05 December 2008

Single Issue Football, or Seamless Garment Football?

Thanks to the reader who sent me the link to this tongue-in-cheek take in the magazine Commonweal on Notre Dame football. Our Lady's team is down on its luck, of course-- but this was foretold by Our Lady of Good Success in the Seventeenth Century. The differing approaches of Cardinal George and Bishop Kicanas may interest Rocco Palmo:

Sunday Morning Quarterbacks
Can the bishops save Notre Dame football?

Christopher Ruddy

Chicago, Dec. 3 — The Administrative Committee of the United States Conference of Catholic Bishops (USCCB) will convene an emergency meeting here today to discuss the University of Notre Dame’s decision to retain its embattled head football coach, Charlie Weis.

The bishops are, by all accounts, divided internally on how to proceed. Some bishops believe that aggressive steps are needed to shake up the complacency that has settled in at South Bend.

They fear that, unless decisive and courageous action is taken, Notre Dame’s program will soon be indistinguishable from the rest of the college football landscape. Francis Cardinal George, USCCB president and archbishop of Chicago, said, “Three quarters just to get one first down against USC? Notre Dame football is in danger of becoming an exhausted project. It’s not a matter of whether we are ‘Holtz’ fans or ‘Parseghian’ fans or, heaven forbid, ‘Weis’ fans, but rather that we are simply Notre Dame fans united in our one father, Knute Rockne, in his only begotten son, George Gipp, and in the four evangelists—I mean, the Four Horsemen. I am disappointed that Notre Dame did not take the actions needed to restore its football program to fidelity and, therefore, greatness.” Cardinal George later clarified these remarks, stating that he was speaking only in his own name, and not as USCCB president.

The Most Rev. Gerald F. Kicanas, USCCB vice president and bishop of Tucson, said, “We bishops share a common vision but differ on the best means to realize that vision. We are unanimous in our conviction that something must be done. But, at this moment of great importance for the Church and the nation, we must not reduce the situation at ND to the single issue of Charlie Weis. Instead, we offer all Notre Dame football fans a moral framework with which they can properly form their consciences on this delicate issue. We are not telling anyone whom to fire or not to fire.”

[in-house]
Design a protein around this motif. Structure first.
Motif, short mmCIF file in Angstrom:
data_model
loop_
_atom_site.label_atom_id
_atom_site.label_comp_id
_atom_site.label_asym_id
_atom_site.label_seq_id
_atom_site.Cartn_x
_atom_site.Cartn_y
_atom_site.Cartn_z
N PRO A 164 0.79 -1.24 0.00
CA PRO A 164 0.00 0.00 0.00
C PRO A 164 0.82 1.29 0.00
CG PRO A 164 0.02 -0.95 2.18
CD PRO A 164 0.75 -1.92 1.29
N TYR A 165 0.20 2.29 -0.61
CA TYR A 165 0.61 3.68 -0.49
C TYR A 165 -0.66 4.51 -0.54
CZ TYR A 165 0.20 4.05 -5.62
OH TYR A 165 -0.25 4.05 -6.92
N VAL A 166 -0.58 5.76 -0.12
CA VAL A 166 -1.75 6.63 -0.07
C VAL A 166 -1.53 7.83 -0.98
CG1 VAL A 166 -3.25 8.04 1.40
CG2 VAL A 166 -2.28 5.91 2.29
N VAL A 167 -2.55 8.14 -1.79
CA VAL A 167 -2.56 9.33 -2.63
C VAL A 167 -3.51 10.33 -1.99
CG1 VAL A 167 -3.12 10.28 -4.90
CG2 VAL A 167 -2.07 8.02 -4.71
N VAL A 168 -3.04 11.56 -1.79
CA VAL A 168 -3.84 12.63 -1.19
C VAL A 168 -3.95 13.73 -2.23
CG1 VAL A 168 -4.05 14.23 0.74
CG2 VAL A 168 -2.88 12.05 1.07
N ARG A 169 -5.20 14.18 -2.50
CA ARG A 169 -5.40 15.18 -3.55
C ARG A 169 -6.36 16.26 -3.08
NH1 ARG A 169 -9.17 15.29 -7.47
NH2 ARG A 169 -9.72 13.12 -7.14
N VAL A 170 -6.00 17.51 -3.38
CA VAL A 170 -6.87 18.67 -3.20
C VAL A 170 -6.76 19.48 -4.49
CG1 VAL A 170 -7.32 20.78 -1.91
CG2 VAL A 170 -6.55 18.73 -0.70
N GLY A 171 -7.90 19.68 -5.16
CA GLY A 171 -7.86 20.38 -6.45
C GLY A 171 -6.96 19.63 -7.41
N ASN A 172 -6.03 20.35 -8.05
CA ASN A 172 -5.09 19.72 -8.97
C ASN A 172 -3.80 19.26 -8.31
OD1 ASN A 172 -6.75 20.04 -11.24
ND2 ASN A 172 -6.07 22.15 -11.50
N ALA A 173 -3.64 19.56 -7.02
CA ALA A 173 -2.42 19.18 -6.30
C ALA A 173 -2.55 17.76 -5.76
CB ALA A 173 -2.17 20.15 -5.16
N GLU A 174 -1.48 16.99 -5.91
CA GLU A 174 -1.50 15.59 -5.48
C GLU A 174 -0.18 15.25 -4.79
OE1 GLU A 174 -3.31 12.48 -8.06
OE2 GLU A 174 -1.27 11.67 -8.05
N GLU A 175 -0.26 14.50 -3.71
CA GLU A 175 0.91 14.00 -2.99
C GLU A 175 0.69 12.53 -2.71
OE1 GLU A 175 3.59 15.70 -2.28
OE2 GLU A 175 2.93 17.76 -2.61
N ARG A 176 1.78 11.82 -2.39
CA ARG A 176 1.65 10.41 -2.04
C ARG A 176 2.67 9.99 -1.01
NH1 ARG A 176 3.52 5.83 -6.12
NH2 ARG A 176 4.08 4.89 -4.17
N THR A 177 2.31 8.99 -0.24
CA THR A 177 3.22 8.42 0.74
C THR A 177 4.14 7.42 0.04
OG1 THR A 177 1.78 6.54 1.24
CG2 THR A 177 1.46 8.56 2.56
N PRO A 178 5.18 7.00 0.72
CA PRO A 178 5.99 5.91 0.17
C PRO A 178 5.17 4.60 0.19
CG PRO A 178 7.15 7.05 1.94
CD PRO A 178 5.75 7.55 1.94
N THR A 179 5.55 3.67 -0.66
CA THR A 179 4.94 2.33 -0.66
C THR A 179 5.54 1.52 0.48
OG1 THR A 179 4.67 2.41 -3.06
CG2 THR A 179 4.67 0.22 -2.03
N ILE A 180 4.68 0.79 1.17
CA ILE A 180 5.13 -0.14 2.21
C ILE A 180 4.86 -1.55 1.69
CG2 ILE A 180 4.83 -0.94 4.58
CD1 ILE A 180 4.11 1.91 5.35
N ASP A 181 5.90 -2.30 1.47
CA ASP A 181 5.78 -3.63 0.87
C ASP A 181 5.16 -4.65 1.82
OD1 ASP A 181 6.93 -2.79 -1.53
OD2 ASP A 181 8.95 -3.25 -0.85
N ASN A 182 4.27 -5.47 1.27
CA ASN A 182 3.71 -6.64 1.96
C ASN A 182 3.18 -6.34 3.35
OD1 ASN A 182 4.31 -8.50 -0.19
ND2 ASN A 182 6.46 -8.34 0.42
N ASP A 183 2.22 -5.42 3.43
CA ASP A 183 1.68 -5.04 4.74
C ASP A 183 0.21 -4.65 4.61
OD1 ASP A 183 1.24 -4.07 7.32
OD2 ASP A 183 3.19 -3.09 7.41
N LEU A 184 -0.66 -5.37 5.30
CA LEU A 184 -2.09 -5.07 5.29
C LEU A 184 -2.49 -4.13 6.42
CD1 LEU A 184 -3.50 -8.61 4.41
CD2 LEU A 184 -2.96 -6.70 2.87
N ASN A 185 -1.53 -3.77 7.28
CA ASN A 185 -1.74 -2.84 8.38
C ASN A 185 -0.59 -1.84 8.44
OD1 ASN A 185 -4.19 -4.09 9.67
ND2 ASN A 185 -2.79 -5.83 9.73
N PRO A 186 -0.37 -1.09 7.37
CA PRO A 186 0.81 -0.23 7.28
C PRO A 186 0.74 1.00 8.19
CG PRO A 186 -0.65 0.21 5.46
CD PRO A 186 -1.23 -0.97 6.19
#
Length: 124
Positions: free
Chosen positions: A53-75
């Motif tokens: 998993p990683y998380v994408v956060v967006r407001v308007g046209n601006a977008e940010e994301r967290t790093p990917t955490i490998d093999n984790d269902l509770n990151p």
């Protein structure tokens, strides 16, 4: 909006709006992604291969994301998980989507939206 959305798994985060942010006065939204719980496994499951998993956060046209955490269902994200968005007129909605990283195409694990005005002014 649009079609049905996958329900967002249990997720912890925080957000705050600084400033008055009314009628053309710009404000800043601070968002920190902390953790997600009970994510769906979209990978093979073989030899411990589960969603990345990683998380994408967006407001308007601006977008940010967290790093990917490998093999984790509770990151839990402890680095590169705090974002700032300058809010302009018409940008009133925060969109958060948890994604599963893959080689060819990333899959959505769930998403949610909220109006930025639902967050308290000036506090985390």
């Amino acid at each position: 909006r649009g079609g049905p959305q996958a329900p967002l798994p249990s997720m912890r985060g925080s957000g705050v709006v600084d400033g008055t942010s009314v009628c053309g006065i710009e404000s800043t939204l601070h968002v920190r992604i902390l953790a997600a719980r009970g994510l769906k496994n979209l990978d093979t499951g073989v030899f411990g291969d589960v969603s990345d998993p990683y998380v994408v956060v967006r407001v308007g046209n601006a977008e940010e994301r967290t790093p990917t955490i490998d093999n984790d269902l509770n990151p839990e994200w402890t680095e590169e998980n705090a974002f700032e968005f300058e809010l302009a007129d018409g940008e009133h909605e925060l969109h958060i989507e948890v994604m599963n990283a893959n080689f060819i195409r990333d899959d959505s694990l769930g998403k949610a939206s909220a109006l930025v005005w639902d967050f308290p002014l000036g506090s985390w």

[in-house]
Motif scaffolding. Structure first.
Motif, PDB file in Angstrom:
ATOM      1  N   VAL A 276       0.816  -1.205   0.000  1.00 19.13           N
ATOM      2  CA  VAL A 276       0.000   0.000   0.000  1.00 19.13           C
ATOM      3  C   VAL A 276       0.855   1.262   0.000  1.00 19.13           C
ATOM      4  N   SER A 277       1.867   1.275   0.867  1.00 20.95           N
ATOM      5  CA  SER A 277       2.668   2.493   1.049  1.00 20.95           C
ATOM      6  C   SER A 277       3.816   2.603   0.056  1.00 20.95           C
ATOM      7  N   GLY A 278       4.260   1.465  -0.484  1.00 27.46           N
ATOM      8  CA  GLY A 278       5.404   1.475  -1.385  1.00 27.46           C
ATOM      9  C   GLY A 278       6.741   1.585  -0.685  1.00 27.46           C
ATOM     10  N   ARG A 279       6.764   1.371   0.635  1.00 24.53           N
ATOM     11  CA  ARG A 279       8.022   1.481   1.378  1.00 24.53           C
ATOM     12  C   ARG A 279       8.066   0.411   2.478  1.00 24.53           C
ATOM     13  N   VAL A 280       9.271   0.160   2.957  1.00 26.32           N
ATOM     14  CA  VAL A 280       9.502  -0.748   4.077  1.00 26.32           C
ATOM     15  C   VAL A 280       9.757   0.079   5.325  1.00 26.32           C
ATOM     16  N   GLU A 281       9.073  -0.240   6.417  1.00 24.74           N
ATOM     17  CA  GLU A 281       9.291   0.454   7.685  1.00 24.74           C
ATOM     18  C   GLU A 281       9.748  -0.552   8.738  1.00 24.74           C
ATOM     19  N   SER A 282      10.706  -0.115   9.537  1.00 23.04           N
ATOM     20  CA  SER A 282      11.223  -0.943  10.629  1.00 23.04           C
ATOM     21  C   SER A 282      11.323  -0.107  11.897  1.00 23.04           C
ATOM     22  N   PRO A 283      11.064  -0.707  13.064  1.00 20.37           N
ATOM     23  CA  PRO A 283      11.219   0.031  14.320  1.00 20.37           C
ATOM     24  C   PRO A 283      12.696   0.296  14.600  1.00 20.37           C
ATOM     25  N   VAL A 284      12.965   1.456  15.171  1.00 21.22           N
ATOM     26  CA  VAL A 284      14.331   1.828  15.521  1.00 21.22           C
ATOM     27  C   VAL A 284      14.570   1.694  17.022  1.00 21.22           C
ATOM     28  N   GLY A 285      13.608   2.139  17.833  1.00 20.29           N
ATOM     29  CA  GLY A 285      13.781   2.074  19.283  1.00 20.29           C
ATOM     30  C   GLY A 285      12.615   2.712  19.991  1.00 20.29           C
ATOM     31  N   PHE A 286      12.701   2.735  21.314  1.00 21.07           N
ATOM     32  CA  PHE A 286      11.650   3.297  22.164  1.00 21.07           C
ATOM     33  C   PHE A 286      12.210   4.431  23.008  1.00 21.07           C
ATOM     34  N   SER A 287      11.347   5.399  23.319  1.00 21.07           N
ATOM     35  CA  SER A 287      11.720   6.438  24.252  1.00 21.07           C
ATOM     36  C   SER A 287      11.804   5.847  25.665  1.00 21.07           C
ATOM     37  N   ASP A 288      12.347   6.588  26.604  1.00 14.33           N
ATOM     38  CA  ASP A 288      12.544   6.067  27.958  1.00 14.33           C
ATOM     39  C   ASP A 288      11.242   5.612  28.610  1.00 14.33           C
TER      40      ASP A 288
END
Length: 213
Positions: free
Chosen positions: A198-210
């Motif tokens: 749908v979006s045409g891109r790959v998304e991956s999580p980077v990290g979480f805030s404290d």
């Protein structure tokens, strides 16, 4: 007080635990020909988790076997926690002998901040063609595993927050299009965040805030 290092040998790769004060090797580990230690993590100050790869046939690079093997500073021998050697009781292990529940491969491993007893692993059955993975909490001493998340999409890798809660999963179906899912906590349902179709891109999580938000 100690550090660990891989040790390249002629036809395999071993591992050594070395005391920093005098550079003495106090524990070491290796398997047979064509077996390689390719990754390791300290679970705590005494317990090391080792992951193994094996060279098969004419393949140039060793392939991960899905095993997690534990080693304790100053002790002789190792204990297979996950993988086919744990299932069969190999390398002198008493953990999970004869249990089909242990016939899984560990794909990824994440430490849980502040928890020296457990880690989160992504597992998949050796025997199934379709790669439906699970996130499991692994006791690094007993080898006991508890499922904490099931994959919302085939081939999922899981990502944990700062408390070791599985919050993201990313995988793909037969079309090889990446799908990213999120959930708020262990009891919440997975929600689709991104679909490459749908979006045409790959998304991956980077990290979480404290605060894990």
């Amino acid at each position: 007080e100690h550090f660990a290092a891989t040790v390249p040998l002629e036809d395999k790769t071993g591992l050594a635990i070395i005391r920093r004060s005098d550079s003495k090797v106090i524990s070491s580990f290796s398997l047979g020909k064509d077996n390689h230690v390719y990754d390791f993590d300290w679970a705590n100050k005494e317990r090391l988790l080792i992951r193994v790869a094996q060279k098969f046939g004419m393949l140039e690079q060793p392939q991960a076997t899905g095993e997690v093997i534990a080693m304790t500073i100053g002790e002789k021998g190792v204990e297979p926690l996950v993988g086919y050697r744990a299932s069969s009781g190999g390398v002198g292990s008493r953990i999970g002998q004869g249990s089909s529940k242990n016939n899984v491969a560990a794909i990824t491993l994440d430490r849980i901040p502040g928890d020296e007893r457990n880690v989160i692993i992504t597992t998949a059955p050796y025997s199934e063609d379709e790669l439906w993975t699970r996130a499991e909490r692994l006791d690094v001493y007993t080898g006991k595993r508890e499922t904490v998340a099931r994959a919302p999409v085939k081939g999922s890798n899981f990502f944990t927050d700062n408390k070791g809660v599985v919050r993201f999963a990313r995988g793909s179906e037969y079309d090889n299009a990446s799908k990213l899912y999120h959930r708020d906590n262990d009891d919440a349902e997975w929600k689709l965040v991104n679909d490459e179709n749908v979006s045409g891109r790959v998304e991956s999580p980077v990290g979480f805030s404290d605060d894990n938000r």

Kicanas’s remarks resonated with those who counsel a more nuanced, consistent ethic of football, sometimes known as the “four-seamed pigskin” approach. Firing Weis, these prelates argue, would not have addressed the root causes of Notre Dame’s now decades-long mediocrity in football. “How can we support the Notre Dame administration so that they aren’t trapped in a downward spiral of hiring and firing?” asked one bishop, who asked to remain anonymous. “How can we foster a culture of football in which such firings are both unthinkable and unnecessary?”

Reaction to the bishops’ surprise meeting was immediate and varied. The Rev. John I. Jenkins, CSC, president of Notre Dame, issued a statement: “The Notre Dame community always welcomes the valuable insights of the American bishops, and we look forward to continuing our conversation. I have always believed that dialogues are better than monologues.”


Other commentators counseled caution. The Rev. Thomas Reese, SJ, senior fellow at the Woodstock Theological Center and former editor of America magazine, said, “Notre Dame administrators made up their own minds, and heavy-handed pressure tactics by the bishops will surely backfire. The best-educated Catholics in the history of the world just tune this stuff out.”

M. Cathleen Kaveny, professor of law and theology at Notre Dame, warned that the bishops needed to choose their tactics and words carefully: “Prophetic denunciations are satisfying in the short term, but they convince very few people and almost always fall flat in the end. We need a more pragmatic approach that respects the difficult, messy choices we all have to make. I think we need to ask ourselves, ‘What would Stephen Colbert do?’”


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